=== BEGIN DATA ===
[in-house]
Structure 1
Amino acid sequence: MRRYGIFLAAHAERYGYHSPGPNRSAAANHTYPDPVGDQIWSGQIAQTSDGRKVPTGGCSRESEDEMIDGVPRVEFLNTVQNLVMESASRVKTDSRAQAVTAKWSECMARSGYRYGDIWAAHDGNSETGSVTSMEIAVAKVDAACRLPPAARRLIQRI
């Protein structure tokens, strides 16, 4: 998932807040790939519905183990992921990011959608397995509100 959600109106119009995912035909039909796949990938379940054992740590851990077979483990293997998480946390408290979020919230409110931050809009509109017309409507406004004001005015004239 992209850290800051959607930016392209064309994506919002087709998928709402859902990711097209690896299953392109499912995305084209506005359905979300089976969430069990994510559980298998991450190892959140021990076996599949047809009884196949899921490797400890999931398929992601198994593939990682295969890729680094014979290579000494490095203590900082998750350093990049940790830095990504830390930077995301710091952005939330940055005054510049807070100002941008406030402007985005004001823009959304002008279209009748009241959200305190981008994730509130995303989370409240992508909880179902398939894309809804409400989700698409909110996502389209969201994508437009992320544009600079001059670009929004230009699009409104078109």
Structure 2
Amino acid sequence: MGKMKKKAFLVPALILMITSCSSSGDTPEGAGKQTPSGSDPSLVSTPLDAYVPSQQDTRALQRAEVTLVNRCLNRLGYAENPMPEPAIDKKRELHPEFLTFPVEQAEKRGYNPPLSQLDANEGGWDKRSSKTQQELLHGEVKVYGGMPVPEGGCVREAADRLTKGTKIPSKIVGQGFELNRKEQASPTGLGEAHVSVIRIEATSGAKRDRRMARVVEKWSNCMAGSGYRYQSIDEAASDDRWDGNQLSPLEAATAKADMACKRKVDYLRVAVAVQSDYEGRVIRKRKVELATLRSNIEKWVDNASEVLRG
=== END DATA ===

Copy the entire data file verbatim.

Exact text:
[in-house]
Structure 1
Amino acid sequence: MRRYGIFLAAHAERYGYHSPGPNRSAAANHTYPDPVGDQIWSGQIAQTSDGRKVPTGGCSRESEDEMIDGVPRVEFLNTVQNLVMESASRVKTDSRAQAVTAKWSECMARSGYRYGDIWAAHDGNSETGSVTSMEIAVAKVDAACRLPPAARRLIQRI
């Protein structure tokens, strides 16, 4: 998932807040790939519905183990992921990011959608397995509100 959600109106119009995912035909039909796949990938379940054992740590851990077979483990293997998480946390408290979020919230409110931050809009509109017309409507406004004001005015004239 992209850290800051959607930016392209064309994506919002087709998928709402859902990711097209690896299953392109499912995305084209506005359905979300089976969430069990994510559980298998991450190892959140021990076996599949047809009884196949899921490797400890999931398929992601198994593939990682295969890729680094014979290579000494490095203590900082998750350093990049940790830095990504830390930077995301710091952005939330940055005054510049807070100002941008406030402007985005004001823009959304002008279209009748009241959200305190981008994730509130995303989370409240992508909880179902398939894309809804409400989700698409909110996502389209969201994508437009992320544009600079001059670009929004230009699009409104078109």
Structure 2
Amino acid sequence: MGKMKKKAFLVPALILMITSCSSSGDTPEGAGKQTPSGSDPSLVSTPLDAYVPSQQDTRALQRAEVTLVNRCLNRLGYAENPMPEPAIDKKRELHPEFLTFPVEQAEKRGYNPPLSQLDANEGGWDKRSSKTQQELLHGEVKVYGGMPVPEGGCVREAADRLTKGTKIPSKIVGQGFELNRKEQASPTGLGEAHVSVIRIEATSGAKRDRRMARVVEKWSNCMAGSGYRYQSIDEAASDDRWDGNQLSPLEAATAKADMACKRKVDYLRVAVAVQSDYEGRVIRKRKVELATLRSNIEKWVDNASEVLRG